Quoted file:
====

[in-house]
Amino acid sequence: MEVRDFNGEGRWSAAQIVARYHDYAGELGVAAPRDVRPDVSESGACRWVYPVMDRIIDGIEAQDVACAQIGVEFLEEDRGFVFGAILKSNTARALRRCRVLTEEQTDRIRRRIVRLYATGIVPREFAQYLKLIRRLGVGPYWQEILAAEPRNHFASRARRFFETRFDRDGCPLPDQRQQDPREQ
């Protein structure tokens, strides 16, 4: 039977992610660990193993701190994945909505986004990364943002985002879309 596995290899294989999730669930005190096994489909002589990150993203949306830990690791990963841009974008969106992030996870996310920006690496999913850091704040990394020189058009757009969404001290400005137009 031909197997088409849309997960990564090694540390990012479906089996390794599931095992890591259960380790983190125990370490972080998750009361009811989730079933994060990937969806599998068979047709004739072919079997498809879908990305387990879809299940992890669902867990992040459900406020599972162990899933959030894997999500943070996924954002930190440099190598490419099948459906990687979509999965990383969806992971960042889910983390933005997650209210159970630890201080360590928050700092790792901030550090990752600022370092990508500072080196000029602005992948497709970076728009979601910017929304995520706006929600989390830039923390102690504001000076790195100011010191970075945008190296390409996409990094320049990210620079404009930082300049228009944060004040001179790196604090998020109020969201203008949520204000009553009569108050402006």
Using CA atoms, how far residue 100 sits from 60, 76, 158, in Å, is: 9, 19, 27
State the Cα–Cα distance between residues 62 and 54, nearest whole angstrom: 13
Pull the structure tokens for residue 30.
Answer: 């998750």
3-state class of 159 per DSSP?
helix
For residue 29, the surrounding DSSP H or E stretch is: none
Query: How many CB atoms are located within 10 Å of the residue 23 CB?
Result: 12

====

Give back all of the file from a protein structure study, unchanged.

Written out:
[in-house]
Amino acid sequence: MEVRDFNGEGRWSAAQIVARYHDYAGELGVAAPRDVRPDVSESGACRWVYPVMDRIIDGIEAQDVACAQIGVEFLEEDRGFVFGAILKSNTARALRRCRVLTEEQTDRIRRRIVRLYATGIVPREFAQYLKLIRRLGVGPYWQEILAAEPRNHFASRARRFFETRFDRDGCPLPDQRQQDPREQ
């Protein structure tokens, strides 16, 4: 039977992610660990193993701190994945909505986004990364943002985002879309 596995290899294989999730669930005190096994489909002589990150993203949306830990690791990963841009974008969106992030996870996310920006690496999913850091704040990394020189058009757009969404001290400005137009 031909197997088409849309997960990564090694540390990012479906089996390794599931095992890591259960380790983190125990370490972080998750009361009811989730079933994060990937969806599998068979047709004739072919079997498809879908990305387990879809299940992890669902867990992040459900406020599972162990899933959030894997999500943070996924954002930190440099190598490419099948459906990687979509999965990383969806992971960042889910983390933005997650209210159970630890201080360590928050700092790792901030550090990752600022370092990508500072080196000029602005992948497709970076728009979601910017929304995520706006929600989390830039923390102690504001000076790195100011010191970075945008190296390409996409990094320049990210620079404009930082300049228009944060004040001179790196604090998020109020969201203008949520204000009553009569108050402006």
Using CA atoms, how far residue 100 sits from 60, 76, 158, in Å, is: 9, 19, 27
State the Cα–Cα distance between residues 62 and 54, nearest whole angstrom: 13
Pull the structure tokens for residue 30.
Answer: 């998750």
3-state class of 159 per DSSP?
helix
For residue 29, the surrounding DSSP H or E stretch is: none
Query: How many CB atoms are located within 10 Å of the residue 23 CB?
Result: 12